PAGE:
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Blog Post from our Men’s Initiative Intern, Cody Tracey

Read a post from our Men's Initiative Intern, Cody Tracey, as he reflects upon his time at the MVP training he attended last week.

“But really,” our MVP facilitator asked, “do any of us ever really feel harassed?” The room full of men paused, and perhaps one or two defensively nodded their heads yes, but stopped after a moment. “Do you ever do much to keep yourself from getting harassed?” There was some awkward consideration, and sure enough, most of us had never really considered the question. After a few “I suppose not’s,” we begged our own next question: “do you all do much on a daily basis to keep from being harassed?” With a few shrugs, the value of segregating discussion by gender was clear.

It had been established in our male-discussion-space that most of the men in the room at least somewhat appreciated compliments from unknown women or men regarding his body image or clothes. When we came back together as a whole group, it was clear that any stranger bodily appreciation is not universally defined in fact, it was pretty split by gender and for many women, there was sincere distaste for random physical compliments. What’s the difference? Let’s think about an example:

“Hey you’ve really got some firm glutes!” means lots of entirely different things depending on who you’re talking to.

Body builder Bob's response, maybe, is one of true validation: All those flexes are fiiinally paying off! Bob's case is probably a little unusual, and I certainly wouldn't bank on that response from most individuals.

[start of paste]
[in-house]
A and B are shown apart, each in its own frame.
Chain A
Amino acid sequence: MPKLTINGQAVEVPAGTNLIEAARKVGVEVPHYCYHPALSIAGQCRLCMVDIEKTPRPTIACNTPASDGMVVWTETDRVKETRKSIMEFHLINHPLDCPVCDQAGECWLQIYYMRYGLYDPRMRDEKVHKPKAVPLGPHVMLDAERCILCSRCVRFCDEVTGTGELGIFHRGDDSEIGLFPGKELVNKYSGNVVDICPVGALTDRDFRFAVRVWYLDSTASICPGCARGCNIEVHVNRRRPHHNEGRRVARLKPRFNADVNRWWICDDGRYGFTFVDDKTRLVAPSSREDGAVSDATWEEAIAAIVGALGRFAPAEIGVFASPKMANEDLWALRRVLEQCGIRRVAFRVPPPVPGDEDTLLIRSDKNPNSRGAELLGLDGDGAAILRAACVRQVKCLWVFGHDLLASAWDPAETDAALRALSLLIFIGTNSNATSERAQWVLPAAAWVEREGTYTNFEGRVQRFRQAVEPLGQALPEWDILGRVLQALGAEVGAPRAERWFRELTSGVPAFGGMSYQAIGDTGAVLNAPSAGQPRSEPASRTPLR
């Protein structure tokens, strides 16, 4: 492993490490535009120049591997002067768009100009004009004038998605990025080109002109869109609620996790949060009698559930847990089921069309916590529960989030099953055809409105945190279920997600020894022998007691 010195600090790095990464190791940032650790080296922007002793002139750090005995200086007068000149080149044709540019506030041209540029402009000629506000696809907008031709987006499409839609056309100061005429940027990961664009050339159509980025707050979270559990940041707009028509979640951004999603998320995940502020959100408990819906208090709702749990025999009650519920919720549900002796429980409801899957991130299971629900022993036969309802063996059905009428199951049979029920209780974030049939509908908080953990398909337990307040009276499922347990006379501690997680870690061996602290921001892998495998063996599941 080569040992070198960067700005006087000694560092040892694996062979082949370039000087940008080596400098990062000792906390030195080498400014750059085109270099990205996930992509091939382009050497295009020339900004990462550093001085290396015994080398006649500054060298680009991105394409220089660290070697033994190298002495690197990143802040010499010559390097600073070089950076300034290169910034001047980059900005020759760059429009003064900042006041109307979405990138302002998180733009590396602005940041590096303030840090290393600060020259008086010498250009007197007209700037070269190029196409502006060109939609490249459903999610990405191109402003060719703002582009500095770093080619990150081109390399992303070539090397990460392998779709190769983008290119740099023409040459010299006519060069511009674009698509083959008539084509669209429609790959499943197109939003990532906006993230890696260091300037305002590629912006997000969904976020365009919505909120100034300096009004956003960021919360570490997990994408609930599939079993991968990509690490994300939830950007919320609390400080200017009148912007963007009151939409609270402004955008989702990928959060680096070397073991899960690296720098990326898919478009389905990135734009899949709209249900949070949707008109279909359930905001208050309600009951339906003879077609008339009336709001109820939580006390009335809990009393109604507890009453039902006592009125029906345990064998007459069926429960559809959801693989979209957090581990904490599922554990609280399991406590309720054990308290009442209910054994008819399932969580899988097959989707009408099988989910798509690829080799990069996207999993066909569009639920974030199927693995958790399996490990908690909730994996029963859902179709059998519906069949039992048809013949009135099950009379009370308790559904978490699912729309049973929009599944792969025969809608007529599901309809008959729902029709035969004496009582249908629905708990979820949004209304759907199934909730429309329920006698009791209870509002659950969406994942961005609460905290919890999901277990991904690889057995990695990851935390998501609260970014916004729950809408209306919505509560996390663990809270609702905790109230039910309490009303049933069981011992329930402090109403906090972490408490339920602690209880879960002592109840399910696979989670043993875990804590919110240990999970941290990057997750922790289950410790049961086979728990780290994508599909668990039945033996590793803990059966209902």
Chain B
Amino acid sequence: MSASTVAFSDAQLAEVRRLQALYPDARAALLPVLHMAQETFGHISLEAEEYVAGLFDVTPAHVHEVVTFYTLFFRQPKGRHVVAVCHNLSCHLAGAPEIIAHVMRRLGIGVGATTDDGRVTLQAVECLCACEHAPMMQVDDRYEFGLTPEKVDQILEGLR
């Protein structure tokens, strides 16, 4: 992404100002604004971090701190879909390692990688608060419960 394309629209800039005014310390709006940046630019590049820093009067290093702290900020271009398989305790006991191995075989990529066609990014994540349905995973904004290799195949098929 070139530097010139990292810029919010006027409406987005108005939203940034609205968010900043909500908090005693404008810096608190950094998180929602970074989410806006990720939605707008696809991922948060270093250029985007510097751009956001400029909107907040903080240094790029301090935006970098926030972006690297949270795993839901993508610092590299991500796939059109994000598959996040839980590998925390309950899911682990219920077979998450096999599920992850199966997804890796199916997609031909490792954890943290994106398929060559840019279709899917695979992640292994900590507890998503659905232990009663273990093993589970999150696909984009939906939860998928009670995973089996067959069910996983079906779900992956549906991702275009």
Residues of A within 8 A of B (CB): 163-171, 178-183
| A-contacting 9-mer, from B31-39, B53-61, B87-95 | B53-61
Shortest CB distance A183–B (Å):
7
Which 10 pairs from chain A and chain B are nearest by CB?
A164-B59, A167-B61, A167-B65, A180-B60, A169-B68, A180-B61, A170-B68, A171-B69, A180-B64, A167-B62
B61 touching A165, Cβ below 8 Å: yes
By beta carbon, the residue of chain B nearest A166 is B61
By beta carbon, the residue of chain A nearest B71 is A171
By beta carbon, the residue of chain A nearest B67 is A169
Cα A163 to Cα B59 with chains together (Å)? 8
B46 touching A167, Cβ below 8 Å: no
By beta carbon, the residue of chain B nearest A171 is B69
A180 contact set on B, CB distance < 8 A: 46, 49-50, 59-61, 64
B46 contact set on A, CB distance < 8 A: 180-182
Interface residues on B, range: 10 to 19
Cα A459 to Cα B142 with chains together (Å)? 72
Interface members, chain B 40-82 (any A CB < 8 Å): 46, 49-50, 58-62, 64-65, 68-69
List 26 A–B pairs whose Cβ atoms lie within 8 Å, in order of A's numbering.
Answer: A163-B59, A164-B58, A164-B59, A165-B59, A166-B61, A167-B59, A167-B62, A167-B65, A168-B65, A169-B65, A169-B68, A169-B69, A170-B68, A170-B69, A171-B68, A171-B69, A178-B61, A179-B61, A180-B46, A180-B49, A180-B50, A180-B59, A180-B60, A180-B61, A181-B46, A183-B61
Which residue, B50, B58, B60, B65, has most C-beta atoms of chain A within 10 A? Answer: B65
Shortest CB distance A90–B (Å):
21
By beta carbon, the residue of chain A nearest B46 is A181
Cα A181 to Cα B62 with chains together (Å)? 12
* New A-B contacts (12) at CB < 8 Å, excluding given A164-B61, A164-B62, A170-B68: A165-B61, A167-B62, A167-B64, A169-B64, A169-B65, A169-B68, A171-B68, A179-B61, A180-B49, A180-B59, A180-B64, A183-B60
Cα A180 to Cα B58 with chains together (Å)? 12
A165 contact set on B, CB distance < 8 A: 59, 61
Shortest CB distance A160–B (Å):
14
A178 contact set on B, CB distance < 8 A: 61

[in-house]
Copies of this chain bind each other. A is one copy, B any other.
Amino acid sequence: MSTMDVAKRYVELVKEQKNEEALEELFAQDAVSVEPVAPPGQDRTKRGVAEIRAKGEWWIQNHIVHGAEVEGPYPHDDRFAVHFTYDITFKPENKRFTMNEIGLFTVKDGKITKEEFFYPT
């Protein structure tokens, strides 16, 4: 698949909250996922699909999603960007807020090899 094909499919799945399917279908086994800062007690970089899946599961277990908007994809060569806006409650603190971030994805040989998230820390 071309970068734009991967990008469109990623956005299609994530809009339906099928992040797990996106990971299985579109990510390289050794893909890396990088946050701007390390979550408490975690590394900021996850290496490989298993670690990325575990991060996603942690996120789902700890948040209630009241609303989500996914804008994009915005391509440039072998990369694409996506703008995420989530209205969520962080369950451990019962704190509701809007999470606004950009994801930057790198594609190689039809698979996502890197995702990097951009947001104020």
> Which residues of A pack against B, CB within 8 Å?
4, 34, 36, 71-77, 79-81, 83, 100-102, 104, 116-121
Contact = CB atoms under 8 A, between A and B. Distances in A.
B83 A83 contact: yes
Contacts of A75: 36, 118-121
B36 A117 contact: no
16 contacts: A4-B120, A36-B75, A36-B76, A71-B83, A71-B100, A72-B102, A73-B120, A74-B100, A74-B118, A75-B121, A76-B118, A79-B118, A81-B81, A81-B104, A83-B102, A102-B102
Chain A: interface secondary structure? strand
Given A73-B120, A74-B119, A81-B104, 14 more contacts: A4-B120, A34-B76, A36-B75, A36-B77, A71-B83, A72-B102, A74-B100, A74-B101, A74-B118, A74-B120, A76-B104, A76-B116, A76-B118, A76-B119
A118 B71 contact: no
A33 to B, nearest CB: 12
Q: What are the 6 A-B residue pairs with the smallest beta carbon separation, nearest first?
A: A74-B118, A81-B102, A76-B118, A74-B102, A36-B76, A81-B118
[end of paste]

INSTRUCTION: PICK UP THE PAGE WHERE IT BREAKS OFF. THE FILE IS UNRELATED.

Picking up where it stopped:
To many women (and men), perhaps, whose bodies have been sexualized and objectified in all kinds of contemporary and popular film, television, magazines, pornography, and more, that sort of statement probably wouldn’t be as welcomed. I think we’ve been taught via those forms of media that women in particular do really genuinely enjoy receiving that kind of sexual attention, the same sexual attention that many men personally claim to enjoy. But have you ever heard a woman really claim that she enjoys that type of sexual attention? More than just one time? By someone who isn’t on TV or posing for a photo shoot? Probably not, and I think that contributes a lot to the mostly male notion of “just take the compliment already! I like your butt!”

Let’s consider this example for a moment more. My first summer as a sleepaway counselor at a camp in Western Maryland, I was seventeen years old, and the oldest campers were fourteen. For a "Secret Santa" one summer, a fourteen year old female camper decided to compliment my booty by crafting me a pair of buttpants with the word "hot" on the back. Most people got a big kick out of it, including me, even though I was pretty uncomfortable--laughing was mostly the only response I could muster. I certainly didn't model the pants, as silly as they might have been: in that case, I would have welcomed in front of the entire camp that a camper's objectification of my body was okay, and even more so, that it was funny.

Imagine if the genders were switched: what if a male camper had done the same to a female counselor? What if a younger male camper designed a tank top for an older female counselor upon which big black arrows pointed right at the chest? Imagine the disciplinary conversations the young man would have to have with in-camp staff and his counselors. Imagine the dialogue of sexual harassment and boundaries that would take place throughout the entire camp, at staff meetings, in cabins with campers, with parents. The point here is certainly not to say that the female camper should have gotten in trouble, but rather to suggest that while I was slightly uncomfortable, the level of “harassment” that was inherent in those buttpants would be exponentially more serious if I were a woman. And to me, that feels like a pretty privileged aspect of being the gender that I am.

So do I ever really feel harassed? Well, that one time that I can remember, it was okay to laugh it off, throw the pants and discomfort away, and never really worry that it would happen again.